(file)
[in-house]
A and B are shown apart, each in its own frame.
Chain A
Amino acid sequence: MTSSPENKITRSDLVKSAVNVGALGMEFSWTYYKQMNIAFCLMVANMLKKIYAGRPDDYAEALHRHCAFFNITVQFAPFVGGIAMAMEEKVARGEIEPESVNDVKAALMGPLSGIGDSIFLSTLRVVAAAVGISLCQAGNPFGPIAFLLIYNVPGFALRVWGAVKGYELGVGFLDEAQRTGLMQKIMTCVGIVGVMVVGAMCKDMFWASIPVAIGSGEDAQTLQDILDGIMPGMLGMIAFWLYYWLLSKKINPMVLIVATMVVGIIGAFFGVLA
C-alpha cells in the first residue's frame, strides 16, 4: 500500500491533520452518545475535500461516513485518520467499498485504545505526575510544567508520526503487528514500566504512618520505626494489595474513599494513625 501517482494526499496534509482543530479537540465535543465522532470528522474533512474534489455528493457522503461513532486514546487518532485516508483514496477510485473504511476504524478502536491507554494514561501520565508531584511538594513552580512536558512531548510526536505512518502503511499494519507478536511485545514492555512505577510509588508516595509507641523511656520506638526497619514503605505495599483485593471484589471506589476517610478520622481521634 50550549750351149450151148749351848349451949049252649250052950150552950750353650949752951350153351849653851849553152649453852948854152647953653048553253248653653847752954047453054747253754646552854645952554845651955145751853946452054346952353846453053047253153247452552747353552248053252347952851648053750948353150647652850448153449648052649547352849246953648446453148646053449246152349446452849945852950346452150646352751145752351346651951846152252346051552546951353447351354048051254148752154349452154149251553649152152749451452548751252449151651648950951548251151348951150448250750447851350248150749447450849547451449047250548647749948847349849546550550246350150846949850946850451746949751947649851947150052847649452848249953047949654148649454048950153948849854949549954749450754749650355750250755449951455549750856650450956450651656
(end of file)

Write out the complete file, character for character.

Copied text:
[in-house]
A and B are shown apart, each in its own frame.
Chain A
Amino acid sequence: MTSSPENKITRSDLVKSAVNVGALGMEFSWTYYKQMNIAFCLMVANMLKKIYAGRPDDYAEALHRHCAFFNITVQFAPFVGGIAMAMEEKVARGEIEPESVNDVKAALMGPLSGIGDSIFLSTLRVVAAAVGISLCQAGNPFGPIAFLLIYNVPGFALRVWGAVKGYELGVGFLDEAQRTGLMQKIMTCVGIVGVMVVGAMCKDMFWASIPVAIGSGEDAQTLQDILDGIMPGMLGMIAFWLYYWLLSKKINPMVLIVATMVVGIIGAFFGVLA
C-alpha cells in the first residue's frame, strides 16, 4: 500500500491533520452518545475535500461516513485518520467499498485504545505526575510544567508520526503487528514500566504512618520505626494489595474513599494513625 501517482494526499496534509482543530479537540465535543465522532470528522474533512474534489455528493457522503461513532486514546487518532485516508483514496477510485473504511476504524478502536491507554494514561501520565508531584511538594513552580512536558512531548510526536505512518502503511499494519507478536511485545514492555512505577510509588508516595509507641523511656520506638526497619514503605505495599483485593471484589471506589476517610478520622481521634 50550549750351149450151148749351848349451949049252649250052950150552950750353650949752951350153351849653851849553152649453852948854152647953653048553253248653653847752954047453054747253754646552854645952554845651955145751853946452054346952353846453053047253153247452552747353552248053252347952851648053750948353150647652850448153449648052649547352849246953648446453148646053449246152349446452849945852950346452150646352751145752351346651951846152252346051552546951353447351354048051254148752154349452154149251553649152152749451452548751252449151651648950951548251151348951150448250750447851350248150749447450849547451449047250548647749948847349849546550550246350150846949850946850451746949751947649851947150052847649452848249953047949654148649454048950153948849854949549954749450754749650355750250755449951455549750856650450956450651656